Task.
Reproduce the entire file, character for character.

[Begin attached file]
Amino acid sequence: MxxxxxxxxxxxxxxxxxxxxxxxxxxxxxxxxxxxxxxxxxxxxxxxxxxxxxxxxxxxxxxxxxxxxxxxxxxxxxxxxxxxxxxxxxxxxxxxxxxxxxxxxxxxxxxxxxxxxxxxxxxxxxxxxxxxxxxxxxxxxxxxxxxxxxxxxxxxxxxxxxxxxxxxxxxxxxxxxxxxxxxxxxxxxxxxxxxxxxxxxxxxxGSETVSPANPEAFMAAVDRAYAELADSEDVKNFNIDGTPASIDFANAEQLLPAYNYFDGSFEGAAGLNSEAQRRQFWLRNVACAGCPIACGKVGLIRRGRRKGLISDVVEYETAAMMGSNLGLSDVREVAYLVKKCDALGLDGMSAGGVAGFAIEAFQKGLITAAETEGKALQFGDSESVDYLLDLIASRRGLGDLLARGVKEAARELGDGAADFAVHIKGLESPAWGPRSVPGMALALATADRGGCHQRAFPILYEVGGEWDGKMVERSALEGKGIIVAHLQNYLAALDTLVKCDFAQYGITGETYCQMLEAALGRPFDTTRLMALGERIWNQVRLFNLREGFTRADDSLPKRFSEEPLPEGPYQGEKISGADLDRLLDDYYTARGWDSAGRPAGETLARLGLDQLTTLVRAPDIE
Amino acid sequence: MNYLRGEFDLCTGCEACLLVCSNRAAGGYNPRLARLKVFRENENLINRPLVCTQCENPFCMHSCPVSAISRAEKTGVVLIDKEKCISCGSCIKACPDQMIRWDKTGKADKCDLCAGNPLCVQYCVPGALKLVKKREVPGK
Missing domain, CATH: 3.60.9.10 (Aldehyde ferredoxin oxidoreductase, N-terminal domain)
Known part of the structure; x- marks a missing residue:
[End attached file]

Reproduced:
Amino acid sequence: MxxxxxxxxxxxxxxxxxxxxxxxxxxxxxxxxxxxxxxxxxxxxxxxxxxxxxxxxxxxxxxxxxxxxxxxxxxxxxxxxxxxxxxxxxxxxxxxxxxxxxxxxxxxxxxxxxxxxxxxxxxxxxxxxxxxxxxxxxxxxxxxxxxxxxxxxxxxxxxxxxxxxxxxxxxxxxxxxxxxxxxxxxxxxxxxxxxxxxxxxxxxxGSETVSPANPEAFMAAVDRAYAELADSEDVKNFNIDGTPASIDFANAEQLLPAYNYFDGSFEGAAGLNSEAQRRQFWLRNVACAGCPIACGKVGLIRRGRRKGLISDVVEYETAAMMGSNLGLSDVREVAYLVKKCDALGLDGMSAGGVAGFAIEAFQKGLITAAETEGKALQFGDSESVDYLLDLIASRRGLGDLLARGVKEAARELGDGAADFAVHIKGLESPAWGPRSVPGMALALATADRGGCHQRAFPILYEVGGEWDGKMVERSALEGKGIIVAHLQNYLAALDTLVKCDFAQYGITGETYCQMLEAALGRPFDTTRLMALGERIWNQVRLFNLREGFTRADDSLPKRFSEEPLPEGPYQGEKISGADLDRLLDDYYTARGWDSAGRPAGETLARLGLDQLTTLVRAPDIE
Amino acid sequence: MNYLRGEFDLCTGCEACLLVCSNRAAGGYNPRLARLKVFRENENLINRPLVCTQCENPFCMHSCPVSAISRAEKTGVVLIDKEKCISCGSCIKACPDQMIRWDKTGKADKCDLCAGNPLCVQYCVPGALKLVKKREVPGK
Missing domain, CATH: 3.60.9.10 (Aldehyde ferredoxin oxidoreductase, N-terminal domain)
Known part of the structure; x- marks a missing residue: